It was the 1970's. Traditional organized crime in Chicago - variously known as the “Mob,” the “Outfit,” or the “Syndicate” - was near its pinnacle of power. Police payoffs, crooked politicians, corrupt local government workers, labor union control, and business “fronts,” enabled the Mob to successfully execute its business plan - to conspire together and make money through any means possible - regardless of legality. And the mobsters made money, although some made a lot more than others.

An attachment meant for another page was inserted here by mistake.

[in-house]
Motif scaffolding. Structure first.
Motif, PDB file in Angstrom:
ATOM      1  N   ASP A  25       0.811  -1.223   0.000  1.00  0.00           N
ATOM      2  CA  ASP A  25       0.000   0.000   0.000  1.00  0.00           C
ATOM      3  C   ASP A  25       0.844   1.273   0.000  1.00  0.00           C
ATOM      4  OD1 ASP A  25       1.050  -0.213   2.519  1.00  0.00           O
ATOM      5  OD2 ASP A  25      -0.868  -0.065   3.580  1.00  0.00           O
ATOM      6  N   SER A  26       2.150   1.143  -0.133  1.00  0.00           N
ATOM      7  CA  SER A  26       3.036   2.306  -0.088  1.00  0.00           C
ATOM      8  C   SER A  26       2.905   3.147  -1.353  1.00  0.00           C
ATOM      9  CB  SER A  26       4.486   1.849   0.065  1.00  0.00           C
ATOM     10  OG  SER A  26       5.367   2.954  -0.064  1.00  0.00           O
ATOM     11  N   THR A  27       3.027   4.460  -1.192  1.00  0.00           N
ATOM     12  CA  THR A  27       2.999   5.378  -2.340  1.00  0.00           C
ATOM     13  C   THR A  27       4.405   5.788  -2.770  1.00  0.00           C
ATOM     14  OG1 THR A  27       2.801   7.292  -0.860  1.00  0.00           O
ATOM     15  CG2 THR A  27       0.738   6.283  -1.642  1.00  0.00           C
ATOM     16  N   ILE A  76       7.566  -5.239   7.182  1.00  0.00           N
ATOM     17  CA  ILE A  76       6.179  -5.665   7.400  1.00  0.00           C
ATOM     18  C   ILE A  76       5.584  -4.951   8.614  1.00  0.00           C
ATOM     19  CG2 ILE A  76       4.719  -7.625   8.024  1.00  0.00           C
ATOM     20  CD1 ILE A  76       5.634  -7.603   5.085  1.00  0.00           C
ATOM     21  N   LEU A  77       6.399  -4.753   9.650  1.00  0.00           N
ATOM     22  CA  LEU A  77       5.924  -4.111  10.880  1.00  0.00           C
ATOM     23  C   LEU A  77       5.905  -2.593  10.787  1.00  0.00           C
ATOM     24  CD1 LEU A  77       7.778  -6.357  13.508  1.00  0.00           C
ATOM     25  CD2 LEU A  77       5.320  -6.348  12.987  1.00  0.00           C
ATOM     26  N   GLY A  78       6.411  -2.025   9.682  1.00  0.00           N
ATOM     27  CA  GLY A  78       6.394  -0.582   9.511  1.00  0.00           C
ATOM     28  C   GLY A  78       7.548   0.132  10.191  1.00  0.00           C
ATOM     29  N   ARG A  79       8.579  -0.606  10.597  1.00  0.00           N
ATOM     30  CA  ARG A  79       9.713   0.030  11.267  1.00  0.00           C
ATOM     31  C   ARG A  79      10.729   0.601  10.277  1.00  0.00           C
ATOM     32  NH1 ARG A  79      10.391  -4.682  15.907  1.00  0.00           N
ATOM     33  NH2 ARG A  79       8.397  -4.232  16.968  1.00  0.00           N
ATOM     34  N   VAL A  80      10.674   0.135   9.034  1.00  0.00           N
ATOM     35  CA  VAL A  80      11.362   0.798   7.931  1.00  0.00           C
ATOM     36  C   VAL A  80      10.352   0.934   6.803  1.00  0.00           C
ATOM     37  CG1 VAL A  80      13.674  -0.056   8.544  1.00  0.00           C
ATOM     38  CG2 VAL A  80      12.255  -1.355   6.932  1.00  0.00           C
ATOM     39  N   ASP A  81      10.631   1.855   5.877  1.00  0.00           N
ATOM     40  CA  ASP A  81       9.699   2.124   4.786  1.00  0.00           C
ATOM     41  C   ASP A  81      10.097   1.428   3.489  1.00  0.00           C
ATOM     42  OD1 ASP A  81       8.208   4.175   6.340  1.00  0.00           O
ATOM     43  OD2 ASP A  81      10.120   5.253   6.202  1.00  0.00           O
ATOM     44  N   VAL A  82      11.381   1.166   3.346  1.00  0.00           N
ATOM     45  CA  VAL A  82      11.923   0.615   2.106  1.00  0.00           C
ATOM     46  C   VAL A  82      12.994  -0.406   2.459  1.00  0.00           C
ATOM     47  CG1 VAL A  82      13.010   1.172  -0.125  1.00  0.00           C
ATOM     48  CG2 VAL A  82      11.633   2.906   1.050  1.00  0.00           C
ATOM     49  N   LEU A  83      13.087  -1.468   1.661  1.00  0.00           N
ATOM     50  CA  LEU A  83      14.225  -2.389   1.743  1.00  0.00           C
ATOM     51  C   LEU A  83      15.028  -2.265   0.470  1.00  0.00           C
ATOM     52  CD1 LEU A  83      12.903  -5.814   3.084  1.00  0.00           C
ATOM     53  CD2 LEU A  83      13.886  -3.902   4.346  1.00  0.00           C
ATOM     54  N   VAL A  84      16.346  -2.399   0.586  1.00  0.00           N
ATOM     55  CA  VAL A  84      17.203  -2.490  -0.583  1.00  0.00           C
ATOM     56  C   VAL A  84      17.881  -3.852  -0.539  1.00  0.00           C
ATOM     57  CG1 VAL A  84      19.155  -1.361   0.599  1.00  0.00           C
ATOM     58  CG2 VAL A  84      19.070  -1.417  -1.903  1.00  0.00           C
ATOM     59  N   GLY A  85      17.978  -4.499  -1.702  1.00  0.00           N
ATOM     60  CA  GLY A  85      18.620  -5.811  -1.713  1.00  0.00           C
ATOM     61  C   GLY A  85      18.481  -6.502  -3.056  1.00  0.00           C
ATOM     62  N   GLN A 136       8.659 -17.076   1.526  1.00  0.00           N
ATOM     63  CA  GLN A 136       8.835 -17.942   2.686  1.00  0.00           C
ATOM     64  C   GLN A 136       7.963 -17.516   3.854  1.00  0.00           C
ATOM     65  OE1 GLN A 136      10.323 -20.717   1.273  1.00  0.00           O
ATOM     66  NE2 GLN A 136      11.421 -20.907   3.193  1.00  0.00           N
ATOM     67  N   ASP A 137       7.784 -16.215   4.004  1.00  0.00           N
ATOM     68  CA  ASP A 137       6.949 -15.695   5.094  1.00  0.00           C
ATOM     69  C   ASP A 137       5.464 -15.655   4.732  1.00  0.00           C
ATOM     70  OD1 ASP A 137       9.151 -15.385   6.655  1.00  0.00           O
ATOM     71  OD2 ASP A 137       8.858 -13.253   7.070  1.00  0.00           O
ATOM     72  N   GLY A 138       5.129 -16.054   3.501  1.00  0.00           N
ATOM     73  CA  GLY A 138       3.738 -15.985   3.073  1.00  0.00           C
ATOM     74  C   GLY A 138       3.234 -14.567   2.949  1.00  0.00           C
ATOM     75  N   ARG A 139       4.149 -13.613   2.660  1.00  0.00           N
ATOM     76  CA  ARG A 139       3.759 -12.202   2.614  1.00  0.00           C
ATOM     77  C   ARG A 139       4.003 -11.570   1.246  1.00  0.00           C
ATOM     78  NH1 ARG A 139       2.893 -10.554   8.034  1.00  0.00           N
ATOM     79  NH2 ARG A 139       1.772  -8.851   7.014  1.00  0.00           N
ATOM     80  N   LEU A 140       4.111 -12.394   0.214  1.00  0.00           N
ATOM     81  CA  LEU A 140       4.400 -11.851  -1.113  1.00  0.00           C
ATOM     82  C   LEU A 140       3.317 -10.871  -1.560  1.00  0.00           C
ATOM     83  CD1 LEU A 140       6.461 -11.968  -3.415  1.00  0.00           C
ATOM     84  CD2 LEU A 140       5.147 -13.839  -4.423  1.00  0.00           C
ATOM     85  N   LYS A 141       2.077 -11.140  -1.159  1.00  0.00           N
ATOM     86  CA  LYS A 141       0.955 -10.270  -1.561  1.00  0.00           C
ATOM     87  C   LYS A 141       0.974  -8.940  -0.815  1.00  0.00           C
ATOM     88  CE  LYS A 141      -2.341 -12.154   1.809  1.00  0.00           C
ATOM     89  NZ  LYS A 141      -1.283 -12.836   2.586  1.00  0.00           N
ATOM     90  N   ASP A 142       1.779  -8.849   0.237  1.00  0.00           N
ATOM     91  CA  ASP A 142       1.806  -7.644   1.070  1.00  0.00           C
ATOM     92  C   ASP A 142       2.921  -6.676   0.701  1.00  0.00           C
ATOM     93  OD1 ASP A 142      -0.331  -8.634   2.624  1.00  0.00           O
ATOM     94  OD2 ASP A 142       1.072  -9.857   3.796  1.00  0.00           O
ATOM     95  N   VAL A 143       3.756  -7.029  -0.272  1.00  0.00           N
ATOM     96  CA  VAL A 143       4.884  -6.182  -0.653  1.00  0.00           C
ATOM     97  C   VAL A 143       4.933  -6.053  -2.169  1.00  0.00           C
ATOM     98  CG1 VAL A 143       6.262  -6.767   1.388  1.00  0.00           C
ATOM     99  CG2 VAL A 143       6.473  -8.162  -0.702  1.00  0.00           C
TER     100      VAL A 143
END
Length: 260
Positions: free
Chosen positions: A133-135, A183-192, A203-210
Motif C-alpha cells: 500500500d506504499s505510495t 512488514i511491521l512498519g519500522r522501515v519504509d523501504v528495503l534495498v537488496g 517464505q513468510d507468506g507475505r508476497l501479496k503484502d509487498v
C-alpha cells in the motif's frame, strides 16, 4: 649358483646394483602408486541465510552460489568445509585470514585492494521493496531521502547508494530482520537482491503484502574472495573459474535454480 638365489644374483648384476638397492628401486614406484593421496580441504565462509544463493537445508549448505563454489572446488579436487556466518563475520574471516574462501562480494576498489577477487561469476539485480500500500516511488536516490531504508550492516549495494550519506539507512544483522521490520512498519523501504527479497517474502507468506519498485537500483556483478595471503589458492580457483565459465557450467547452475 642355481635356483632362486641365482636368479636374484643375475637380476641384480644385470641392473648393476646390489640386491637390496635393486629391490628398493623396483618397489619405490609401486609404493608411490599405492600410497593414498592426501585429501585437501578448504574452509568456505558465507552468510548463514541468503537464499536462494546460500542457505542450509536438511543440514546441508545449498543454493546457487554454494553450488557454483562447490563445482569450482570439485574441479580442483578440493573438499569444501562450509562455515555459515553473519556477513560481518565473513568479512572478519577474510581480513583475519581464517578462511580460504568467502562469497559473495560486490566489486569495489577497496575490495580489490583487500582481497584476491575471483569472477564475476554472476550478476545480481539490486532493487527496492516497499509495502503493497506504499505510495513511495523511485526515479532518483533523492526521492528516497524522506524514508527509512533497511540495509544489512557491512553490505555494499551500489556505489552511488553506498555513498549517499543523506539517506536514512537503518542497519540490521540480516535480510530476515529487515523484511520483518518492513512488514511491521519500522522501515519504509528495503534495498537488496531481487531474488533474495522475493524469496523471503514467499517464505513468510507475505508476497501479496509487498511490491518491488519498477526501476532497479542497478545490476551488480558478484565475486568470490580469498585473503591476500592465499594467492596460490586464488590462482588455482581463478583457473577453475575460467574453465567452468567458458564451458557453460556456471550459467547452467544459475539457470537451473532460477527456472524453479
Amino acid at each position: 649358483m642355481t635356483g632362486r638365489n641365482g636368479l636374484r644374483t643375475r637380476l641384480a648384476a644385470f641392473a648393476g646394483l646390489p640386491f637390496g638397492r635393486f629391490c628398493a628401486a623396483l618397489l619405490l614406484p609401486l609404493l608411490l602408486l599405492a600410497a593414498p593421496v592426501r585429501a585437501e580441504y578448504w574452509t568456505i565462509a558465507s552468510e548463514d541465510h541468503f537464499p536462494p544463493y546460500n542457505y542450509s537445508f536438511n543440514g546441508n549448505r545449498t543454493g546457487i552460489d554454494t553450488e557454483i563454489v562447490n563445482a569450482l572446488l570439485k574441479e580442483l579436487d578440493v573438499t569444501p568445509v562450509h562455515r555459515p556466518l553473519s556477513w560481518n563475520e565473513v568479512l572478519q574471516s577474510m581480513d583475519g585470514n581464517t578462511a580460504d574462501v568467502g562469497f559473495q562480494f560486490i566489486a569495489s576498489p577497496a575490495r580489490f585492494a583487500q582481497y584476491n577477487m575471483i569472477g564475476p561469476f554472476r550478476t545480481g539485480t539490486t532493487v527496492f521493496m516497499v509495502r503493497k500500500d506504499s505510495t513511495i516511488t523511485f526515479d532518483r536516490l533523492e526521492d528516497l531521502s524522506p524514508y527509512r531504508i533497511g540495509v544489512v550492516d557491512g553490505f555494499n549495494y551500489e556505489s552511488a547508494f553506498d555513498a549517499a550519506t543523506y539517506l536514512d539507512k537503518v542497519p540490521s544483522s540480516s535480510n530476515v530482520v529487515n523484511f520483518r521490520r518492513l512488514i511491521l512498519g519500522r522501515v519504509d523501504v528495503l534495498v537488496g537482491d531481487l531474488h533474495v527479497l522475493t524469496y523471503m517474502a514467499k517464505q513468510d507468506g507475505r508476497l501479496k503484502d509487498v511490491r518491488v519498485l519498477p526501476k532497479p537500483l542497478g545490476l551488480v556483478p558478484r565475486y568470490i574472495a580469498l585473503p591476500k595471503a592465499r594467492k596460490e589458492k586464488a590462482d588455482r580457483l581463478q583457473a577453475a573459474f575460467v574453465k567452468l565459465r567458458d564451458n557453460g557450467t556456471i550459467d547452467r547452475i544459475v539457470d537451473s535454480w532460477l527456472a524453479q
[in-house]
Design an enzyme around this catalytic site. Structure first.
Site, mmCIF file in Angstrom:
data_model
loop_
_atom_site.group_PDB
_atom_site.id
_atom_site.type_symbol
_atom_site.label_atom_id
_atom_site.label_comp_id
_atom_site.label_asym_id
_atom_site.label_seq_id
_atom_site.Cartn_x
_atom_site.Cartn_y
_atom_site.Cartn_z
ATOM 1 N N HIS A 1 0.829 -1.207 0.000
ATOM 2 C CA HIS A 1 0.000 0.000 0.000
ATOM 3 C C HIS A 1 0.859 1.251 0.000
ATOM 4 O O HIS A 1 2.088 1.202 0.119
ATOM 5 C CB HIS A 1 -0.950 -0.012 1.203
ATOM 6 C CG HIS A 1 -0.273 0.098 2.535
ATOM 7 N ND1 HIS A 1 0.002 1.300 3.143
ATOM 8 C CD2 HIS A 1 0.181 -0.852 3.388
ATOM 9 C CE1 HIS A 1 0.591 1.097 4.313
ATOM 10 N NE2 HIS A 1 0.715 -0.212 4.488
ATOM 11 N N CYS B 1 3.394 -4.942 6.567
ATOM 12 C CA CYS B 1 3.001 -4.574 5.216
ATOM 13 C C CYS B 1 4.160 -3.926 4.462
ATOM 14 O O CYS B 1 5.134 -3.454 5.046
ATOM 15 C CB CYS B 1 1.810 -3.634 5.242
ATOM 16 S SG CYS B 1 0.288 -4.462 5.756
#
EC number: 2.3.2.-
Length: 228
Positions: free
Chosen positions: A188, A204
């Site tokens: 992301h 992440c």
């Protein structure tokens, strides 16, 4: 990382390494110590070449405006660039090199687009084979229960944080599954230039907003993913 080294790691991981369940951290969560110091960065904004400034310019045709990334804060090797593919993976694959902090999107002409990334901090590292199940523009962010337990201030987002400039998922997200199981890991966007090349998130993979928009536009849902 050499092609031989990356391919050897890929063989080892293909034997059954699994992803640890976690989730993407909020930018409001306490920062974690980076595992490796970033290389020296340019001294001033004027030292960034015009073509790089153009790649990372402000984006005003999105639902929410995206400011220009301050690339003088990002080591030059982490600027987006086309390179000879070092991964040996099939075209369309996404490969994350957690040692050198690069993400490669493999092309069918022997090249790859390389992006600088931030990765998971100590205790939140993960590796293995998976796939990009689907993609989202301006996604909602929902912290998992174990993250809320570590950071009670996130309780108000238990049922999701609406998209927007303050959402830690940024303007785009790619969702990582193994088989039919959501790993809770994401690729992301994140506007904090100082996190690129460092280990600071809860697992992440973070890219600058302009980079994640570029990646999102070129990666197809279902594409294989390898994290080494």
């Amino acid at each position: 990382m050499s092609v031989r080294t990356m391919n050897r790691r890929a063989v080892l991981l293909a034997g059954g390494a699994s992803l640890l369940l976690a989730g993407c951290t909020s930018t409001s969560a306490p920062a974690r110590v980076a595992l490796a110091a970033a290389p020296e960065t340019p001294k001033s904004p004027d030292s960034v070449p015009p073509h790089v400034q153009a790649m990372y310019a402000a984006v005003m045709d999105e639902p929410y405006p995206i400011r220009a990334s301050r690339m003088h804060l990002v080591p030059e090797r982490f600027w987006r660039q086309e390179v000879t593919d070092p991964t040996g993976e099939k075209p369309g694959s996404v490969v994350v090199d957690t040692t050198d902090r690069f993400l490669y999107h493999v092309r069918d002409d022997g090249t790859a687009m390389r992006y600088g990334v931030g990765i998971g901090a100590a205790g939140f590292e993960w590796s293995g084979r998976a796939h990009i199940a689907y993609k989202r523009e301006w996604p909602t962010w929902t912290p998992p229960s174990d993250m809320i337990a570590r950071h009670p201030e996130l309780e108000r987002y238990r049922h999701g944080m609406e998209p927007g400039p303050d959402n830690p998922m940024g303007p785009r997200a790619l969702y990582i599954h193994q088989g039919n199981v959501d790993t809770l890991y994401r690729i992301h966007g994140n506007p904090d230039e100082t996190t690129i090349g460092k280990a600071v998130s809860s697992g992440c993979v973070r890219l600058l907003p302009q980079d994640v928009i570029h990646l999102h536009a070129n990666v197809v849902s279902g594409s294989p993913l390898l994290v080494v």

The RICO statute (i.e., the Racketeer Influenced and Corrupt Organizations Act) was still in its infancy and it would be years before the Federal government was adept at snaring the Mob’s vast criminal enterprises with RICO’s formidable jaws. Even so, some of the government’s first Mob busters had been chasing down mobsters one-by-one since the days of Al Capone. (No, not the Federal Bureau of Investigation - FBI Director J. Edgar Hoover refused to even acknowledge the existence of the “Mafia” until 1957 when the New York state police broke-up the largest-ever Mafia meeting in upstate Apalachin.)